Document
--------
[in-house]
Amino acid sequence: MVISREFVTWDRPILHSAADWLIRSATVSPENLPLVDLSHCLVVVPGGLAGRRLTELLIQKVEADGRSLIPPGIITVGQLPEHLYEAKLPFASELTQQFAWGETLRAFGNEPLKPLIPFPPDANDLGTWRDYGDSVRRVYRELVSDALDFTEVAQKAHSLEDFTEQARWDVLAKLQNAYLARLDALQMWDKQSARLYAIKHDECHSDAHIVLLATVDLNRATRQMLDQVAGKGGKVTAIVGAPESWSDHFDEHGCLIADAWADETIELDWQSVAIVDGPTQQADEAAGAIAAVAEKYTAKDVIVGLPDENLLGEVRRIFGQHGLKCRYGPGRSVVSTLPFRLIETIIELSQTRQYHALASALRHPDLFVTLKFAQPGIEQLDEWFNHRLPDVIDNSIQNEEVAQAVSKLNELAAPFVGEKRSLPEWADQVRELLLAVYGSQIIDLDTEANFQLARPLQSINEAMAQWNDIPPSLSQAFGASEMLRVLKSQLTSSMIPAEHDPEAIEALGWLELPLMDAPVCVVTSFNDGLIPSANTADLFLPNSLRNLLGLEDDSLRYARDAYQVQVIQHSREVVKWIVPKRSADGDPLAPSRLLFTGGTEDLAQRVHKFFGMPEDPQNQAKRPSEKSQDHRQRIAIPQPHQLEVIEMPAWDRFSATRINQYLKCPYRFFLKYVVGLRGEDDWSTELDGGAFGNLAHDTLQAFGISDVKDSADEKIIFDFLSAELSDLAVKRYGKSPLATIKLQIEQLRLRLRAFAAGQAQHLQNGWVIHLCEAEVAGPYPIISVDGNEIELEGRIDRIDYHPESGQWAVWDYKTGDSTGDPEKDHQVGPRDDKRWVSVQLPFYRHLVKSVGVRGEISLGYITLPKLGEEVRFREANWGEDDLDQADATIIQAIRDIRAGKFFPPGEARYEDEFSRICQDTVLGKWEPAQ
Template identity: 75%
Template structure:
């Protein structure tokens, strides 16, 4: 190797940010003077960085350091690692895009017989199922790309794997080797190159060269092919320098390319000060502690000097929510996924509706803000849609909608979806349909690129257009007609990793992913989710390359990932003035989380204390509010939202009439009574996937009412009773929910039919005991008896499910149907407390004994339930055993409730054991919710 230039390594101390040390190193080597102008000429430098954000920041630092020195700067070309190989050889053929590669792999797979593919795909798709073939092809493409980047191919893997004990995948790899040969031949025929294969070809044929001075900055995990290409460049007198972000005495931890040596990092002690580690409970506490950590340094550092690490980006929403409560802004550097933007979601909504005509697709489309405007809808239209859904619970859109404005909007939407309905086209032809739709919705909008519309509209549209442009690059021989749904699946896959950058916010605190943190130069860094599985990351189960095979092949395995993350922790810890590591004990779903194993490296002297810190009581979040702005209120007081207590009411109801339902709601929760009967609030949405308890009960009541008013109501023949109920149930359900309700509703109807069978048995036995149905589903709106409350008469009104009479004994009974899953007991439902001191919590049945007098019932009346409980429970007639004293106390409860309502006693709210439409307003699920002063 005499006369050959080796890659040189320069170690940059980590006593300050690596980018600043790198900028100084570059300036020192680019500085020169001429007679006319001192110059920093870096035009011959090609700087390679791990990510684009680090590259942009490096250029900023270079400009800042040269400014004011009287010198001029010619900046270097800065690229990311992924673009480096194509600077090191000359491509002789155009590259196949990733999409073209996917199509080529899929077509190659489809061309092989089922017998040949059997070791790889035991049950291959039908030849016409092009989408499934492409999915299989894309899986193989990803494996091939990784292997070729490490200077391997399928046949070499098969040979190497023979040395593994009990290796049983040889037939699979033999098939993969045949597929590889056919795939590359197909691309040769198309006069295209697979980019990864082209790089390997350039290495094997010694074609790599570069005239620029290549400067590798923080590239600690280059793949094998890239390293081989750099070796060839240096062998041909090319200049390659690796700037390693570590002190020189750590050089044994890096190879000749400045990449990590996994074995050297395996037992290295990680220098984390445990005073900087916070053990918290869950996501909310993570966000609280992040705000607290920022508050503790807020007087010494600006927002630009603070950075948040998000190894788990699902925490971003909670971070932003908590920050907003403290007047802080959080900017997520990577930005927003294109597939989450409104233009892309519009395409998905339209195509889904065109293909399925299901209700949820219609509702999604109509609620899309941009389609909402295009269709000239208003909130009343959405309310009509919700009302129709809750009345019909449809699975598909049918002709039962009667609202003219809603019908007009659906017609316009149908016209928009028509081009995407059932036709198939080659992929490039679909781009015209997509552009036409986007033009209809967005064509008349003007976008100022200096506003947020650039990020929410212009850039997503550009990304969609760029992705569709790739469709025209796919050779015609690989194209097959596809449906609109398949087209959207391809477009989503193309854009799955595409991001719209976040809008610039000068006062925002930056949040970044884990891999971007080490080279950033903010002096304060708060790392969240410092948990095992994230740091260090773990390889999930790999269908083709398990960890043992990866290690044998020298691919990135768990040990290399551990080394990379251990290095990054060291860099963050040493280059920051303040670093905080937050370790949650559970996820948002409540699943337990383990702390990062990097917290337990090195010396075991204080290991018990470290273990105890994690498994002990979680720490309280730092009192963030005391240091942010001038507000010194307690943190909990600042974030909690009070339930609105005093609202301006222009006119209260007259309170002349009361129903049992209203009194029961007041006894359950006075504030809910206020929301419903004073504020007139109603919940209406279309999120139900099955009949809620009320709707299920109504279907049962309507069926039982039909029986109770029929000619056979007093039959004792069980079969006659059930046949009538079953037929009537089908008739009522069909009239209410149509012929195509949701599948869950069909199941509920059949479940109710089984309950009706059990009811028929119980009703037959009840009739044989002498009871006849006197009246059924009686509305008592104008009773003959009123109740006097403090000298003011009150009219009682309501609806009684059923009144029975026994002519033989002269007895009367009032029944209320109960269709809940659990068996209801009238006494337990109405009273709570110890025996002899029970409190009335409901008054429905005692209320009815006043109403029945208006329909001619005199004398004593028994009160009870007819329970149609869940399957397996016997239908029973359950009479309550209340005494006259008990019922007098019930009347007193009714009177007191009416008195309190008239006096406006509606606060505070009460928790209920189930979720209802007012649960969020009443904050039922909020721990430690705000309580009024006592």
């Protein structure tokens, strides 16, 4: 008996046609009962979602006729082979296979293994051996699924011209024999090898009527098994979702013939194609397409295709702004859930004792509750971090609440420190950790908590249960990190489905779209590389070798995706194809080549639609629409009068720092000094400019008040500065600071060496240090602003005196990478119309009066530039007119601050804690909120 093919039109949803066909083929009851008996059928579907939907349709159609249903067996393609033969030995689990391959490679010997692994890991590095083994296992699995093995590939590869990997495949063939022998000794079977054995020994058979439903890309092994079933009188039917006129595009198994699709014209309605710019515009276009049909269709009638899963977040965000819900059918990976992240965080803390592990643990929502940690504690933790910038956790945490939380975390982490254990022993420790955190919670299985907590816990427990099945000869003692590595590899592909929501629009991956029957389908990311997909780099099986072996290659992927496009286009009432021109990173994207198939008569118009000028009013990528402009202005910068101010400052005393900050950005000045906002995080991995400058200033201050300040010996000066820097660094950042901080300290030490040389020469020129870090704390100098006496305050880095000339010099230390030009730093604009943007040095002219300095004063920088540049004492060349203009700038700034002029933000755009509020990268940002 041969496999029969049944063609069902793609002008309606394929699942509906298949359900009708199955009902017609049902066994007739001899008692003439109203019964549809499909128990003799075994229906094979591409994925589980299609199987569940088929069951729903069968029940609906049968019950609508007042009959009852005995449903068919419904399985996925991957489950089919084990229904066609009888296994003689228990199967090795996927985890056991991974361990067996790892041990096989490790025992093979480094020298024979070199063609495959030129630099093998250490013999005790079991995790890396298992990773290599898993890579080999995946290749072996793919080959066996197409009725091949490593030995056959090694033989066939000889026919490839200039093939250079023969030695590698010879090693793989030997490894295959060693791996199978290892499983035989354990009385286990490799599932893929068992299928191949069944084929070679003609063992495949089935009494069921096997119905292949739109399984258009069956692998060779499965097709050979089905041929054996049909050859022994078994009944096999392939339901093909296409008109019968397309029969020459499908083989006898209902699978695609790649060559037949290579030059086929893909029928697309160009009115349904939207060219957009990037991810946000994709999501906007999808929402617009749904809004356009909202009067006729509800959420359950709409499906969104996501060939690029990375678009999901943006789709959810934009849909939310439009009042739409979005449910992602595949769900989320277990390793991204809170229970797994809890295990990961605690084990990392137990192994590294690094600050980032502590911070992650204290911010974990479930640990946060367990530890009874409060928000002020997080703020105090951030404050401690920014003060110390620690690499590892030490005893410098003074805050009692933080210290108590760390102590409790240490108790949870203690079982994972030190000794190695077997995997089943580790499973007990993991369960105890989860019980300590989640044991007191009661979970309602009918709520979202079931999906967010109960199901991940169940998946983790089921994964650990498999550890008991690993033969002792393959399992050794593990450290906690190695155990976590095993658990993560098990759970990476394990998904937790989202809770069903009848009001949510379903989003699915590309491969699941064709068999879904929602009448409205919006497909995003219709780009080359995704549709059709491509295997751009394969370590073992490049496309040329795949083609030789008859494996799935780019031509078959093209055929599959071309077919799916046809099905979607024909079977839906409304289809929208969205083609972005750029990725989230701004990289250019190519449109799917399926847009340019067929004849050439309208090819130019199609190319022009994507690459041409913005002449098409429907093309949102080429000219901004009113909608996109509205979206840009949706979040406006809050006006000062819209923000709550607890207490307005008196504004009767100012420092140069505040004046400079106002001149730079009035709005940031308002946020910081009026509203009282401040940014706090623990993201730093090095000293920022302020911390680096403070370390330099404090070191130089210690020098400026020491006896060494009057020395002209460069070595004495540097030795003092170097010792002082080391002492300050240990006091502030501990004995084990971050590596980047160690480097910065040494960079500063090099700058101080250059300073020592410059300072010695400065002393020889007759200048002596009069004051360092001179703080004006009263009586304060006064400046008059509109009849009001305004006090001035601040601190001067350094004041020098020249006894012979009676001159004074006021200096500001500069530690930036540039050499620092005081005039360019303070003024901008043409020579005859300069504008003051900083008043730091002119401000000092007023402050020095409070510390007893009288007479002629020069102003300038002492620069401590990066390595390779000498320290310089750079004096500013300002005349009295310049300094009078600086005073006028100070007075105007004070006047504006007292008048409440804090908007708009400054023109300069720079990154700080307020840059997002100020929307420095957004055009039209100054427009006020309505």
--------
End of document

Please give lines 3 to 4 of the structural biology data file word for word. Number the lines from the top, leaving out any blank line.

Template identity: 75%
Template structure: